Friday, May 31, 2013

appendix to I Love Distortion, part four - Elliott Murphy (Bonus Video Friday)


(This is the final installment of May's series; appendix to I Love Distortion.  In June we'll return to  
 the rather more random nature of Bonus Video Fridays.  I fully realize there was a lot of nostalgia,
 a lot of looking back in May, but I felt it was necessary to set up the May 27 blog entry - which was  
 largely concerned with The Twilight Kids' live show - so readers would have some rough idea
of what that band might have sounded like.  Intro to this last installment by Sean Richter;) 


Elliott Murphy's song "Rock Ballad" figures fairly prominently into the story of I Love Distortion.  First, I believe it's one of the ten best songs ever written in the rock & roll idiom, period.  And second, it provided me with the go-ahead to begin the affair with Nicole all the way back to the first night I read her poetry.  (see blog entry I Love Distortion - chapter three, March 13th, 2013)

I remember putting Elliott's album Just A Story From America on while I was reading those poems, listening with headphones so as not to wake Melanie and having the following verse waft in my ears;

"And these jobs and these schools teach romance is for fools
And the dream always ends upon waking
And we all kept our cool like a hustler shoots pool
And soon your whole life is spent faking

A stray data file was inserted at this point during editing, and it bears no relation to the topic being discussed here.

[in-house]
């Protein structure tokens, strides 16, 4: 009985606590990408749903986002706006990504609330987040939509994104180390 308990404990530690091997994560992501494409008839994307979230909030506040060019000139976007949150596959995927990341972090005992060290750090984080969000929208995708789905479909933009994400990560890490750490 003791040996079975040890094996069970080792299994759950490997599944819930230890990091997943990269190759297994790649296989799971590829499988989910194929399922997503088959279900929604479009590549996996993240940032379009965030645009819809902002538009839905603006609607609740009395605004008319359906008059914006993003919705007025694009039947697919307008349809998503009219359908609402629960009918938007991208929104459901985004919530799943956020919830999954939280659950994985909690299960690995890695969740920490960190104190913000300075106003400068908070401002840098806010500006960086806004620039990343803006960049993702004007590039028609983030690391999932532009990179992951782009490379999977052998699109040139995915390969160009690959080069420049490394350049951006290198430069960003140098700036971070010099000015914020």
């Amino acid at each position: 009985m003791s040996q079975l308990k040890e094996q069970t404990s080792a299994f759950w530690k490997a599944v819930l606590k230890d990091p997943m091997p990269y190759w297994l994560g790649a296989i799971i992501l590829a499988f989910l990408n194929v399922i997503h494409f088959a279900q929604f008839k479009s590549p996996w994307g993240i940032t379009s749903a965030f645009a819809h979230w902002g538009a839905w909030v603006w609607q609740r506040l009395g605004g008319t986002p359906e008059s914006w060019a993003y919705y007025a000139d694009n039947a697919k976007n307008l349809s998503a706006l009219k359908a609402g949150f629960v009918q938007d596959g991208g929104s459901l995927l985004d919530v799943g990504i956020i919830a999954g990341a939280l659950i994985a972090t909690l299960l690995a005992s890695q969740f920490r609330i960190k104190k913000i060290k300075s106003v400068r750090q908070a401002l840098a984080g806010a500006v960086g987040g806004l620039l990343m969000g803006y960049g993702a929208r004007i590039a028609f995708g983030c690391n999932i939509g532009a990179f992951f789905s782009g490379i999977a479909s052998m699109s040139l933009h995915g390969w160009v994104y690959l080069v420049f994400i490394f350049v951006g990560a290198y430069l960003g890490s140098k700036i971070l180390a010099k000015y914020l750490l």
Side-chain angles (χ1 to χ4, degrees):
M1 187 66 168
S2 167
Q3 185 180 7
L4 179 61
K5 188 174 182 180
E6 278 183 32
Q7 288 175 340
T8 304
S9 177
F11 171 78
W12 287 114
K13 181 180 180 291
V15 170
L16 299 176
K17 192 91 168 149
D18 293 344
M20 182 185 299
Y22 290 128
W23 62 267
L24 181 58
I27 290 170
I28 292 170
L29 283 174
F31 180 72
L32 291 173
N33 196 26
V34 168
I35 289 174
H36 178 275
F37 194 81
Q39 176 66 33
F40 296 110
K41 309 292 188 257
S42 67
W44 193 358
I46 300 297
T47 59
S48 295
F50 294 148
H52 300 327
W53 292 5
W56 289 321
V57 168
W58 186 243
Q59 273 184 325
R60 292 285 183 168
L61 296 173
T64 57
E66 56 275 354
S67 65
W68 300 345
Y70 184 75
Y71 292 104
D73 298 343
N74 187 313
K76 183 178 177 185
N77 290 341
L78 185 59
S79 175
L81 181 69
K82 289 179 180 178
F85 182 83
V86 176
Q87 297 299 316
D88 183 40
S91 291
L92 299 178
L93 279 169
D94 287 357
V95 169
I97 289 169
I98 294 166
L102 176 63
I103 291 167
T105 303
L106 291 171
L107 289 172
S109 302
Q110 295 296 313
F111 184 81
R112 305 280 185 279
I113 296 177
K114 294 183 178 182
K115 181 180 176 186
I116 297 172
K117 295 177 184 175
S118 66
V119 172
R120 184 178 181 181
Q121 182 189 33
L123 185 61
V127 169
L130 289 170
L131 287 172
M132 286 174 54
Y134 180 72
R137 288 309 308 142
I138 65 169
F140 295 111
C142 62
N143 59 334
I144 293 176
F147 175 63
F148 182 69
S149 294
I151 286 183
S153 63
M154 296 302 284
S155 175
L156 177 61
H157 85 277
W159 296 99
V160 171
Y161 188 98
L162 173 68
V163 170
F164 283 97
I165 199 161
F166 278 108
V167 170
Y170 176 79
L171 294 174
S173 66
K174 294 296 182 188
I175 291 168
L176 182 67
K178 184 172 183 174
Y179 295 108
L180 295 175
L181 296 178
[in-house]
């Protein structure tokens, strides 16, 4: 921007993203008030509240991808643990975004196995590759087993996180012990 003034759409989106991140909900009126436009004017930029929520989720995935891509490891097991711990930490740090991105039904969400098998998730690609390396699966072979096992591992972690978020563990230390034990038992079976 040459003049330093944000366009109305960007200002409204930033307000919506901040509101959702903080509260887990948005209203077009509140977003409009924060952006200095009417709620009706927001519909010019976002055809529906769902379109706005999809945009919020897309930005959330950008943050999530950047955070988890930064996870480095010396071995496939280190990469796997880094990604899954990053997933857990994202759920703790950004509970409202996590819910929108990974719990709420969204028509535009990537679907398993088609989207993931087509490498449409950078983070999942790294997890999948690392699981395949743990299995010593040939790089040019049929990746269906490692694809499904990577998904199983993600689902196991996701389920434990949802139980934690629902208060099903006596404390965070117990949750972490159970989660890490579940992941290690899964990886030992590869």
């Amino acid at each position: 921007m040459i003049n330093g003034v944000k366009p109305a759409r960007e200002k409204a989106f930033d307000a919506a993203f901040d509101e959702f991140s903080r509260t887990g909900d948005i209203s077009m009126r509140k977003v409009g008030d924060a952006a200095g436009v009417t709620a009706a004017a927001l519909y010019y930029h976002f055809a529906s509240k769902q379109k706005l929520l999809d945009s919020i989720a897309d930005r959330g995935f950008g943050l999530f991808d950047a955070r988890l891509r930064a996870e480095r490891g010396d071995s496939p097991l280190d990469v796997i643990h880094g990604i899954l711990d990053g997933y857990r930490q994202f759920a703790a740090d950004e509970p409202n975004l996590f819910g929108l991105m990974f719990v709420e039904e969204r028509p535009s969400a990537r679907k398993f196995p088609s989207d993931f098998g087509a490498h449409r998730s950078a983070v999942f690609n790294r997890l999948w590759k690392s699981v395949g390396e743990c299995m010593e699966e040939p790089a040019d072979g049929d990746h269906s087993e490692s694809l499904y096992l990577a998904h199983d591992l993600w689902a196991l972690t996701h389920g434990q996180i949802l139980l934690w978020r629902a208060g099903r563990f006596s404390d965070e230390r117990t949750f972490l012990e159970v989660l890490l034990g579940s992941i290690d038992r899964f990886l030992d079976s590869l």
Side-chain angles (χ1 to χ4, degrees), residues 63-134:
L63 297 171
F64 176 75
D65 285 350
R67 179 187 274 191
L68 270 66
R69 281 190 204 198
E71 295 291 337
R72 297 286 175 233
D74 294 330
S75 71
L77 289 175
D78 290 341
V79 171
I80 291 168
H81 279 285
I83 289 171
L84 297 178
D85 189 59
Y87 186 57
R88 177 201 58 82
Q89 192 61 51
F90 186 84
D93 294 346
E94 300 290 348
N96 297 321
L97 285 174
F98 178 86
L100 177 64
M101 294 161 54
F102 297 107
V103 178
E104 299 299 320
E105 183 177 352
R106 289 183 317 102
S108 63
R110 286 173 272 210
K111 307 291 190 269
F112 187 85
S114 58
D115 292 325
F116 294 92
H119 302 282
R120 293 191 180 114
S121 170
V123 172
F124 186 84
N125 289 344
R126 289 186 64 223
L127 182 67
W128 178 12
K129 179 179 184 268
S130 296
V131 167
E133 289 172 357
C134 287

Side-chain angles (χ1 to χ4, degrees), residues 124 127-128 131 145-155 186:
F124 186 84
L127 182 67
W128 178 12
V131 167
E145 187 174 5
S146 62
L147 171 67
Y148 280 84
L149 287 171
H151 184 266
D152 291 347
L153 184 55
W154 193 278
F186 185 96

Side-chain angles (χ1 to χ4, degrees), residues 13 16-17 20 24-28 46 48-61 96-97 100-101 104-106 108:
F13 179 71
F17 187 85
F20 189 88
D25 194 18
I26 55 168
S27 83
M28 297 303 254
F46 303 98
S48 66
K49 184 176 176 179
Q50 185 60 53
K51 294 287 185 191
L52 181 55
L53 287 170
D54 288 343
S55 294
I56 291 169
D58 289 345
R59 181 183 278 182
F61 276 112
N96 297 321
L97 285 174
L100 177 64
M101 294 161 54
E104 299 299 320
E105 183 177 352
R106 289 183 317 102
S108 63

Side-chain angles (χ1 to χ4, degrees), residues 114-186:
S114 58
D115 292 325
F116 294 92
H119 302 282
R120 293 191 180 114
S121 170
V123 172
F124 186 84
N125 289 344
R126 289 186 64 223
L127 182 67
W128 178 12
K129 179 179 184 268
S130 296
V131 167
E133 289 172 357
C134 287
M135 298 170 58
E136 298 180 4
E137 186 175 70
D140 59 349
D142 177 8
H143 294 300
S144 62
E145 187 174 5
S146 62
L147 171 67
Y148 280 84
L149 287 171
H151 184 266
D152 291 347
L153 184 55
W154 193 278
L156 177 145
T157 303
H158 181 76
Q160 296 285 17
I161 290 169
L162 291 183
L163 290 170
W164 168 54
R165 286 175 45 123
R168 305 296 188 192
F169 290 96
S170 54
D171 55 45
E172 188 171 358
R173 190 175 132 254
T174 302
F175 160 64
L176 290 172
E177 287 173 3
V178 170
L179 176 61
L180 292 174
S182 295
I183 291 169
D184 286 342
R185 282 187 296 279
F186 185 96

'Cause to try is to fail and as the wind left your sails
All you heard was the sound of their laughter
But I was running so fast with the wind racing past
All I heard was a voice say, 'Go after her.'"
- Elliott Murphy, 1977

I didn't have a whole lot of people to confide in that late March night, in that dark livingroom on the West Side of Columbus, Ohio.  My last band had ended in December, 1977; I was facing a future in retail store middle management; my four year old marriage had cooled to an extended friendship.  I needed advice and I needed it right then.

If you think it's insane to change your life based on the lyrics of a rock & roll record, I guess I can see your point, but I can also see that you haven't been following the message of this blog or the story of I Love Distortion.

All I can say is; at its best moments, when love and music ruled over guilt and sadness, this song is exactly how my life felt in 1978. - Sean Richter


 
© 2013 Ricki C.

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